Africa has enjoyed one and a half decades of robust economic growth. Against the background of serious political, socio-economic challenges including extreme poverty, disease and high infant mortality and civil strife, Africa collectively pulled a GDP of US $1.6 trillion in 2008, almost equalling that of Brazil or Russia, and it is estimated to peak US $2.6 trillion by 2020. With an estimated annual growth of 4.5 percent Africa ranks among the fastest growing economic regions in the world. Much of its recent growth has been generated by internal political and economic reforms that have created domestic political stability and market driven environment; commodity and oil exports, thriving domestic consumer face sector (telecoms, consumer goods and banking), and agricultural activities. Furthermore, Africa has tremendous potentials when it comes to Agriculture. Africa possesses about 60 percent of the world’s uncultivated arable land, and with 60 percent of its population living in the rural areas, the agricultural sector is fundamental to its overall economic development and growth.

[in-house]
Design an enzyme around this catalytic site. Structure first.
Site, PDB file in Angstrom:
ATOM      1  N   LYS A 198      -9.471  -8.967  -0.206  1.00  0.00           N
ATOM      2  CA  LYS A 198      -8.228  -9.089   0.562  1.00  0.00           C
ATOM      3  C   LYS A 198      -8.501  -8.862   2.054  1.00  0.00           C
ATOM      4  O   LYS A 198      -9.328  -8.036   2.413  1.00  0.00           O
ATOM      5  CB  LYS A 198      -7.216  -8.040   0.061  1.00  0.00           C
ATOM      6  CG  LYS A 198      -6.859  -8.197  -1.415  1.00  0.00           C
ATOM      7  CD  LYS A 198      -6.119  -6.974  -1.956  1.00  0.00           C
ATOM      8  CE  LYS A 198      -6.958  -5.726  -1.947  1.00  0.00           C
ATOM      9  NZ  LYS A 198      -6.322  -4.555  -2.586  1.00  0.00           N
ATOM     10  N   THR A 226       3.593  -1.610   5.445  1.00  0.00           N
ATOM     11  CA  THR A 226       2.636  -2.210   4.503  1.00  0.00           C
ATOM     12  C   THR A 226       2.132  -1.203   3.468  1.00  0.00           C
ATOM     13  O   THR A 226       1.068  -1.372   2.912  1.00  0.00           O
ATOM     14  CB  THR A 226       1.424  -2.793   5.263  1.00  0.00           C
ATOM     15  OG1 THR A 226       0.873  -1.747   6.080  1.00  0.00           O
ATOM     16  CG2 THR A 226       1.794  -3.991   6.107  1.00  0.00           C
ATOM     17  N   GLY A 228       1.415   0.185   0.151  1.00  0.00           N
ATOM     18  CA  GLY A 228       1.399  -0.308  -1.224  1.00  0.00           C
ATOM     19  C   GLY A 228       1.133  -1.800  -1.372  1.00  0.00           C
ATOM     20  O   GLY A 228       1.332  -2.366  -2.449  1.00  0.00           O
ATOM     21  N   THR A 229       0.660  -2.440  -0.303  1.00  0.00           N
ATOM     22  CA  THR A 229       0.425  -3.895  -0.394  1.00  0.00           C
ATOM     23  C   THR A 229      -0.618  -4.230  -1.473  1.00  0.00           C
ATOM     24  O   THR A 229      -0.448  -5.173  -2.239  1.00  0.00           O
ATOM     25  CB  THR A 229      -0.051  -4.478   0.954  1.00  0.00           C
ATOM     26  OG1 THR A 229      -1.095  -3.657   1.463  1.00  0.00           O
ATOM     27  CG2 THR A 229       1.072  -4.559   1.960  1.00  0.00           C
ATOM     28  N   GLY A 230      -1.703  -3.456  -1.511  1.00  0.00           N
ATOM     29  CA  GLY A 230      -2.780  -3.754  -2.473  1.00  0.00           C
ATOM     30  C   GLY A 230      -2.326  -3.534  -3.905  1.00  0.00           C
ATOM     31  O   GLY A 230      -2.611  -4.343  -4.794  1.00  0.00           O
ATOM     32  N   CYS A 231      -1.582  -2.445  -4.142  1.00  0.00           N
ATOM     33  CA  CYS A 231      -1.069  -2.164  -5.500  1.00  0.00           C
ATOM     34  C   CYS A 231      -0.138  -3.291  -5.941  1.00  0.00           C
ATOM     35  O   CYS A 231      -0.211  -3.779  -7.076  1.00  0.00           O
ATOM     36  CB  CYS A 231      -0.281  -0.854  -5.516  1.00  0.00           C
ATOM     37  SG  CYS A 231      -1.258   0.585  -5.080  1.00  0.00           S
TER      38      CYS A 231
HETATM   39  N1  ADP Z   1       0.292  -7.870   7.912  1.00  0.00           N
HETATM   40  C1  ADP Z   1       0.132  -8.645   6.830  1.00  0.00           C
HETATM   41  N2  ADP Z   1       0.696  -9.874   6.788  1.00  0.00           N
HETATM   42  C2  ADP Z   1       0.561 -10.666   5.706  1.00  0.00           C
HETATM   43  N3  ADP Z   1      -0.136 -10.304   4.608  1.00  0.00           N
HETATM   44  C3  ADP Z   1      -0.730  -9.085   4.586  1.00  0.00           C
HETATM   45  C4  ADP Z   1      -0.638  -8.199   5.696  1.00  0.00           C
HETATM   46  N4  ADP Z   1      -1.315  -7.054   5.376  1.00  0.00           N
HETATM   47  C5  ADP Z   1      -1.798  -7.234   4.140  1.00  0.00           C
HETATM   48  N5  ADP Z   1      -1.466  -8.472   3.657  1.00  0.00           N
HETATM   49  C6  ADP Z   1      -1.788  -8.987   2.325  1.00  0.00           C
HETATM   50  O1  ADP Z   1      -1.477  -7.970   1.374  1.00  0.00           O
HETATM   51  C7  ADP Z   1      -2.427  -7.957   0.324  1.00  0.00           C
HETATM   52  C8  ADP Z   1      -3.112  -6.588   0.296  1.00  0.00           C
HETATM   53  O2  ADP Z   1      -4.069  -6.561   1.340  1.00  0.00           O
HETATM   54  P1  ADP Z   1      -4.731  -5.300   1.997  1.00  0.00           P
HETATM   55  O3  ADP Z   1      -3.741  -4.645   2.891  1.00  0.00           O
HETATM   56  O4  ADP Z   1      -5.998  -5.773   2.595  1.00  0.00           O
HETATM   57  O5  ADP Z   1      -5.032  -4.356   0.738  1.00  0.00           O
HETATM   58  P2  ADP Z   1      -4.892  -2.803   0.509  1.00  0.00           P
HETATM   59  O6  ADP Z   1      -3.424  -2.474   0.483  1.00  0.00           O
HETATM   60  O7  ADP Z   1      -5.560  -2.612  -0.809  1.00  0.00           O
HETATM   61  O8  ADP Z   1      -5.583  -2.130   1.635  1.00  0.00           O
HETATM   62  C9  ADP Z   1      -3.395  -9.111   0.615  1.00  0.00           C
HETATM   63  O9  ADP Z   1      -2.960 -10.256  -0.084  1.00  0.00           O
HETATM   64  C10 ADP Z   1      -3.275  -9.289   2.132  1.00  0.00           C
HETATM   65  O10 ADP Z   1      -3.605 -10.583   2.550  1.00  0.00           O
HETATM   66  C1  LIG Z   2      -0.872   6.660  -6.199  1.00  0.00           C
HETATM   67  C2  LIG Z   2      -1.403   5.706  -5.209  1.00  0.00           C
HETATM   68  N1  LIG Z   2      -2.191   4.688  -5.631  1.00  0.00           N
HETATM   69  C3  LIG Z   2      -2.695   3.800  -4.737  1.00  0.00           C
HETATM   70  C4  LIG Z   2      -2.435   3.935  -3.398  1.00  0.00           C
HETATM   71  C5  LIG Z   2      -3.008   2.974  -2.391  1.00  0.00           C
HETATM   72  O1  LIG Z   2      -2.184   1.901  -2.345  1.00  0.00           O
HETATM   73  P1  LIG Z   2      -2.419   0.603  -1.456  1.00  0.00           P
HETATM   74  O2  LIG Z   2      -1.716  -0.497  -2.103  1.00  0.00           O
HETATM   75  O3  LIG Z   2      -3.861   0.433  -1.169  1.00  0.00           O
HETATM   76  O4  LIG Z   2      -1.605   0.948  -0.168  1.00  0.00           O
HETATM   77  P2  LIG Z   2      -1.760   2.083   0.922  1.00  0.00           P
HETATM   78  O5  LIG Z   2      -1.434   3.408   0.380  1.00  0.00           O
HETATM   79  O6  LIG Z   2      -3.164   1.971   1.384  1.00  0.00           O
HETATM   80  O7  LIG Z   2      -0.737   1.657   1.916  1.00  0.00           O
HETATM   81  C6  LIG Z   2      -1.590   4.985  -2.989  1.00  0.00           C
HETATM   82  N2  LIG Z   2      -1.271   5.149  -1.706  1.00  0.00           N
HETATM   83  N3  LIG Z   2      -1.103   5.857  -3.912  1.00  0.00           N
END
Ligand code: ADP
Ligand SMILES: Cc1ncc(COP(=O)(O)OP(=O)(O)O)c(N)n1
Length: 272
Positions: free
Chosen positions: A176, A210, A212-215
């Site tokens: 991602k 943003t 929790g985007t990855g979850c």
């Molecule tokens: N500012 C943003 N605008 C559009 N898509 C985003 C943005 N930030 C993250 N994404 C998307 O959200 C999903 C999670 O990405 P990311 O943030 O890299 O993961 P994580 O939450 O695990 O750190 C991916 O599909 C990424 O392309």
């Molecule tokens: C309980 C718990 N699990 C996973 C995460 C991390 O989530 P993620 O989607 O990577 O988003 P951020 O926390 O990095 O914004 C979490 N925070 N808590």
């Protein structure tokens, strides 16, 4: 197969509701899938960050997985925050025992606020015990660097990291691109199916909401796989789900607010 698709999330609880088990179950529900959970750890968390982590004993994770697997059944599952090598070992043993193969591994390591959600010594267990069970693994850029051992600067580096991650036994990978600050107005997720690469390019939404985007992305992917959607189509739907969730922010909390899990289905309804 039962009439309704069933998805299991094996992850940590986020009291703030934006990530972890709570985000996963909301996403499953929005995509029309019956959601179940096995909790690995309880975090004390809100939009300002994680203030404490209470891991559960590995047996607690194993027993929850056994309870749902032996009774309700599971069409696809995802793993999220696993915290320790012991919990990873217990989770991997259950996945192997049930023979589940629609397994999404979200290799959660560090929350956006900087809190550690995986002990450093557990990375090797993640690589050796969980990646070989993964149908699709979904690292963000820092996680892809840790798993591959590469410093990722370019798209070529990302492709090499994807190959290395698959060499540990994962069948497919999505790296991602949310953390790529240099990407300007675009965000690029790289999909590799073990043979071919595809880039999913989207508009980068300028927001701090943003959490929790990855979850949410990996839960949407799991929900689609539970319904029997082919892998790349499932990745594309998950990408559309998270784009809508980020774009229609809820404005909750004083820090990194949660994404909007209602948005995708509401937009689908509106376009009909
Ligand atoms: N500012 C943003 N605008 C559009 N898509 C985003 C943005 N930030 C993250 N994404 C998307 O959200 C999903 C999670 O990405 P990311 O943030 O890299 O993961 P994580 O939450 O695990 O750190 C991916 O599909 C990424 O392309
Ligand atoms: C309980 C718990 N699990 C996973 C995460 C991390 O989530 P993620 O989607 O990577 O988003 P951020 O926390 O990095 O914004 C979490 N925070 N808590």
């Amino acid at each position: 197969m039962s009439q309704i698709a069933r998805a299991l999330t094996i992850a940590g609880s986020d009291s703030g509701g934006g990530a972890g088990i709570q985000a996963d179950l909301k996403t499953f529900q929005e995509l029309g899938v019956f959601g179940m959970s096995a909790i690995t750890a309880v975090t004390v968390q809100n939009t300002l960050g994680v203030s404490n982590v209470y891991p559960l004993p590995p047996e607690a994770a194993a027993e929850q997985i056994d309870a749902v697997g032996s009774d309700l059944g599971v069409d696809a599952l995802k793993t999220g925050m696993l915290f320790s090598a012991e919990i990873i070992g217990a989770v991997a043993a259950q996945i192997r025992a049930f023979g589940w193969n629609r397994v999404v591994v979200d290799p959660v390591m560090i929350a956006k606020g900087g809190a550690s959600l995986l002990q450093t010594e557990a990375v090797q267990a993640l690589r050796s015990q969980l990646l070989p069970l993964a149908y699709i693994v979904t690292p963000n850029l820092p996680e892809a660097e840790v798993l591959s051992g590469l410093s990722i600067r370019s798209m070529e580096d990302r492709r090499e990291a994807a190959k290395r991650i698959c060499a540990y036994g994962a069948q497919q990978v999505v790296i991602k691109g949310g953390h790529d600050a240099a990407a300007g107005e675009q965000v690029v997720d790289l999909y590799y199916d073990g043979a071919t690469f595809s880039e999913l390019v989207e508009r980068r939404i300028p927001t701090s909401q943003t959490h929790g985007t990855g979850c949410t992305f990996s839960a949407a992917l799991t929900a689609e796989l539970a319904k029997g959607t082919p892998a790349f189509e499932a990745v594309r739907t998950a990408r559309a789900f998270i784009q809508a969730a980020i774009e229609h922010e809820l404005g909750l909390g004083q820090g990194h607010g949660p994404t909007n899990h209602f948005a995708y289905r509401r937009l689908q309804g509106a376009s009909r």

Despite this momentum, Africa faces some pitfalls on its current growth trajectory – dependence on single or too few export commodities and sectors ranks chiefly among them. In addition to its exposure and vulnerability to fluctuations in commodity prices, certainly, majority of the 54 African nations face serious political, social and economic challenges, including extreme poverty, unemployment, disease and high infant mortality. They also face urgent priorities in addressing security, infrastructure, housing and education. These pitfalls and gaps could constrain Africa’s potential without the right set of catalysts to propel growth in the decades ahead.

Africa can address many of these challenges by boosting non-traditional sectors, expanding their range of products and exports, engaging with new economic and development partners and by carving out its own unique opportunities from the global Halal mega trend, covering the following four groups of industries – consumer-facing industries, agriculture, resources, and infrastructure- which together could generate as much as $2.6 trillion in revenue annually by 2020.